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Important Budget Tips for Retirement


When developing a retirement budget, anticipating every expense one might face can be difficult, as it’s easy to underestimate how much will be needed to maintain a comfortable lifestyle. If unexpected expenses aren’t allowed for, one could end up short and wondering where all the money went. Below are some examples of these types of expenses. Health insurance and medical expenses: …

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Learn From the Habits of Wealthy People


It’s all too easy to get sucked into thinking that we can shortcut the road to wealth, by way of things such as winning the lottery, setting up the next dot-com company, or finding the next great investment. Considering that 80% of the wealth in Canada is in the hands of 20% of the people, what are those 20% doing …

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Would Increasing Interest Rates Leave You Struggling with Payments?

interest rates

A credit rating company recently reported that almost a million Canadians, including some who currently have excellent credit ratings, could have significant problems paying their monthly debts should interest rates rise by 1%. Credit scores measure past financials, not the impact of future stress caused by cutbacks or job losses, so even those who have excellent credit ratings could experience …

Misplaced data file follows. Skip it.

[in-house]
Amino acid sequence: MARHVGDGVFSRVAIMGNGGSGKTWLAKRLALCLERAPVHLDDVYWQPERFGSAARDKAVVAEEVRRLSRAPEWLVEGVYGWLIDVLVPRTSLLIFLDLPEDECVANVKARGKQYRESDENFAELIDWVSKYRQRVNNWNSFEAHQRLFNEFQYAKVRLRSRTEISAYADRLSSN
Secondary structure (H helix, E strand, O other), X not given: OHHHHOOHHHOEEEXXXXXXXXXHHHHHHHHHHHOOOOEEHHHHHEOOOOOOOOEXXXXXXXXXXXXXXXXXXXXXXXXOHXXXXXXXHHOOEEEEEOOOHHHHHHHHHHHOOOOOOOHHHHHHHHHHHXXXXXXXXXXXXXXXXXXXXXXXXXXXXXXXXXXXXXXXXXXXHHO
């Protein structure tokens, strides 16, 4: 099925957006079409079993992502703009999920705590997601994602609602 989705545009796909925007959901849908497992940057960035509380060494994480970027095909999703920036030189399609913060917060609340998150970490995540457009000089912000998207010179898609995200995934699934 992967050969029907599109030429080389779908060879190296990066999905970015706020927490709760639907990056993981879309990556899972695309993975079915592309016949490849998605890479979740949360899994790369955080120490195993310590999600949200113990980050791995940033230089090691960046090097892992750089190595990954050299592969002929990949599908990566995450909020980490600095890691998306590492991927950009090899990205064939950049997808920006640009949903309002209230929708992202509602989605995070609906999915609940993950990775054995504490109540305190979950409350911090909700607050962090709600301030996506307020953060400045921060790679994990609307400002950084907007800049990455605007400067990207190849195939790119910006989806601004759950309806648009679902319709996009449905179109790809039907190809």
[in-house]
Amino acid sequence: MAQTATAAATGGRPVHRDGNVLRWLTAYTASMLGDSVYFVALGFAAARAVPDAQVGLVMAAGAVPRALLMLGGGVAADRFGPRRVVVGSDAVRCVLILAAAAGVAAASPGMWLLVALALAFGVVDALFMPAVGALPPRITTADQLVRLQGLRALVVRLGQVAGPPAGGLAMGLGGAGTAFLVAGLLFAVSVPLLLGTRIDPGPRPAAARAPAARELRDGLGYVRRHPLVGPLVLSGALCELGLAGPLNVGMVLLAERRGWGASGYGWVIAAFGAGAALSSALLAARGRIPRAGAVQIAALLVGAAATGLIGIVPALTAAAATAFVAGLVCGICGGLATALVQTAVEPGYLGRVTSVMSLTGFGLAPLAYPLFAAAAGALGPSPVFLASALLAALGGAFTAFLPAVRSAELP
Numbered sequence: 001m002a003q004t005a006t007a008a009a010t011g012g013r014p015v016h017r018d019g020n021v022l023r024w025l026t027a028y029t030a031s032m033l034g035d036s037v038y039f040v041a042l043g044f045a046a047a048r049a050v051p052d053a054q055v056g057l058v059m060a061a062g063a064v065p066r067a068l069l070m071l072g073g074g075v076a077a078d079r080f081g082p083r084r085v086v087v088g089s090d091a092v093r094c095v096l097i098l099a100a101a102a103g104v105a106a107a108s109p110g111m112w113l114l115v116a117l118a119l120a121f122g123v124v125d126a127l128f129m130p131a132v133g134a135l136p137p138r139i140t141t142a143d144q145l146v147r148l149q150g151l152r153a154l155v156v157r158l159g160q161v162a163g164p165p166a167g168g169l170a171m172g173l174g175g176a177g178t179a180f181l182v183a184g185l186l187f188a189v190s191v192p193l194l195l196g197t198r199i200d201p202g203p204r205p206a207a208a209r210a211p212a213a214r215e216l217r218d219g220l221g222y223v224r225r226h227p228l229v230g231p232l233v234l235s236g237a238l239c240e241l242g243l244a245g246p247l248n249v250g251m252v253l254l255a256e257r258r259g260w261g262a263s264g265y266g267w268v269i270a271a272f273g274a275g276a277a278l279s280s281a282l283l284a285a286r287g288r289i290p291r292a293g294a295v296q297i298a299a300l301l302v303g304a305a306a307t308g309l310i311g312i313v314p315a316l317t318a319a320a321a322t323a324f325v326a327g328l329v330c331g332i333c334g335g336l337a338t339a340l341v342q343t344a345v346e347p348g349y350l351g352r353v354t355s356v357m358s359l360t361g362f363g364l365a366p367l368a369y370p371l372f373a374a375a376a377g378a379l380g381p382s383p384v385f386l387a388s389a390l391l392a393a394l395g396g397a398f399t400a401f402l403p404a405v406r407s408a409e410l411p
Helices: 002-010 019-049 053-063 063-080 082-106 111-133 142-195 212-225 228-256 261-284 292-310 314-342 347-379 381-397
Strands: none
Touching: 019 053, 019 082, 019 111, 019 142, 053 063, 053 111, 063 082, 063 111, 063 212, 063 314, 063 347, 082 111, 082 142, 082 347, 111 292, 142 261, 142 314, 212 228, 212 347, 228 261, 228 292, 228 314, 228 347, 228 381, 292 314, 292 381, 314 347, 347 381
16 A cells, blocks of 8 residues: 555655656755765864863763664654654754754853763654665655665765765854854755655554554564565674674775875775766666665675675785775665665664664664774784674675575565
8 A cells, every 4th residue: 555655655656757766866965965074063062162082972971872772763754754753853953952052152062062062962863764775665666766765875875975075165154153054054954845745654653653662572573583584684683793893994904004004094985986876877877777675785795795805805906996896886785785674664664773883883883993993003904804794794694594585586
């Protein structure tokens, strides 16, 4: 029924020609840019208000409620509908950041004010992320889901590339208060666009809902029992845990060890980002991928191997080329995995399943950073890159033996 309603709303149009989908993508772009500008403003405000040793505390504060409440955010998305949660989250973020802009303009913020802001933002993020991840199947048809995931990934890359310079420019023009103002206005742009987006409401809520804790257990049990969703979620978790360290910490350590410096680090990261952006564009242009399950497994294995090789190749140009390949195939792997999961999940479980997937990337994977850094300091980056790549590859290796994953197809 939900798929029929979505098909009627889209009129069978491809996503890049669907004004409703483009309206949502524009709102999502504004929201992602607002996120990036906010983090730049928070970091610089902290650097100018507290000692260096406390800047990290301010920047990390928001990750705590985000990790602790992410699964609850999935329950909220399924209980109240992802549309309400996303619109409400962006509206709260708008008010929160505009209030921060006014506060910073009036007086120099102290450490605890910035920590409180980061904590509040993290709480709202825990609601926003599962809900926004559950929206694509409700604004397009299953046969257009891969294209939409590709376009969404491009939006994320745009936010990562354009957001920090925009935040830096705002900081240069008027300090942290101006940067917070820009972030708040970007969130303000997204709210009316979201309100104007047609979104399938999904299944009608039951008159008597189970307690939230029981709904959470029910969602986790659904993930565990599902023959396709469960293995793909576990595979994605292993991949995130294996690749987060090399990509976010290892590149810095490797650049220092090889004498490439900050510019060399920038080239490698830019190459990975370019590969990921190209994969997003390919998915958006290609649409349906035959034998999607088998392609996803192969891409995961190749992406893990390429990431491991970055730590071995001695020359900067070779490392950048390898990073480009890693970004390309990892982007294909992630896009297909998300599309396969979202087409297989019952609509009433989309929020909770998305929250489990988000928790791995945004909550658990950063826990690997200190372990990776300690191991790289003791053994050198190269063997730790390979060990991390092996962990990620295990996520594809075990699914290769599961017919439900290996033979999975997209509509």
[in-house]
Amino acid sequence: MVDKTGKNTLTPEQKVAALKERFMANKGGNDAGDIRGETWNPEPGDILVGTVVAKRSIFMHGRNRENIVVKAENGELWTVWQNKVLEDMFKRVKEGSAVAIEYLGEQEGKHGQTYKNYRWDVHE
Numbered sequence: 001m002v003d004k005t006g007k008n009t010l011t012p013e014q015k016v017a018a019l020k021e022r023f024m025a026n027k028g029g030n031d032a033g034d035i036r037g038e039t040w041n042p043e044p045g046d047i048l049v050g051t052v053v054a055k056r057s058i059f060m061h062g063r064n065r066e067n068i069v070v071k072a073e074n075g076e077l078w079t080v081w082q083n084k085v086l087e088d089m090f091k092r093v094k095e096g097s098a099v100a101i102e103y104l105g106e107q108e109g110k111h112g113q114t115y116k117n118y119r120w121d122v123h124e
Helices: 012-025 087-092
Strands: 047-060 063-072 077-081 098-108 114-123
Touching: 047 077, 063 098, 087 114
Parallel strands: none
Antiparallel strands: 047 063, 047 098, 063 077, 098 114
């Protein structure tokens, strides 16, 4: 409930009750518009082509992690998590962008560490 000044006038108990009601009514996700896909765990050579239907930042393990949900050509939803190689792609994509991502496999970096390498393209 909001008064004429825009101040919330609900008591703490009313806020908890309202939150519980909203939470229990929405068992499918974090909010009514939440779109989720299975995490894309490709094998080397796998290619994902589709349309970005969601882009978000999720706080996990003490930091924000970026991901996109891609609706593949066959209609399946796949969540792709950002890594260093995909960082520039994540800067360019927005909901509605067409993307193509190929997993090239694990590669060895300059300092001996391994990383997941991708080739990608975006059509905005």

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Tough Lessons Families Are Learning During This Downturn

tough lessons

Life’s tough lessons: One of the tough parts of what I do is meeting with young families who have got themselves into a financial mess trying to live the “Canadian Dream”.  Unfortunately, our younger generations are not being taught finances in school or at home.  Every high school graduate should be schooled in basic finance and economics. When I ask …

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Divorce & Your Finances


There are some things to think about if contemplating getting a divorce, as the financial fallout of divorce extends far beyond legal costs, alimony and child care expenses. Canada Revenue Agency (CRA) considers you separated when you live separate and apart from your spouse or common‑law partner for a period of 90 days or more due to a breakdown in …

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Financial Risk Management for Young Families

manage risk

  The average Canadian family is getting ever deeper in debt, so the need to manage the associated risk has never been greater. Adding to this is the low level of personal savings to cover unexpected events such as a major car repair, the dryer packing in, or any of the 101 other things that happen out of the blue. …

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Should You Stress Test Your Debt?

Break Out Of Debt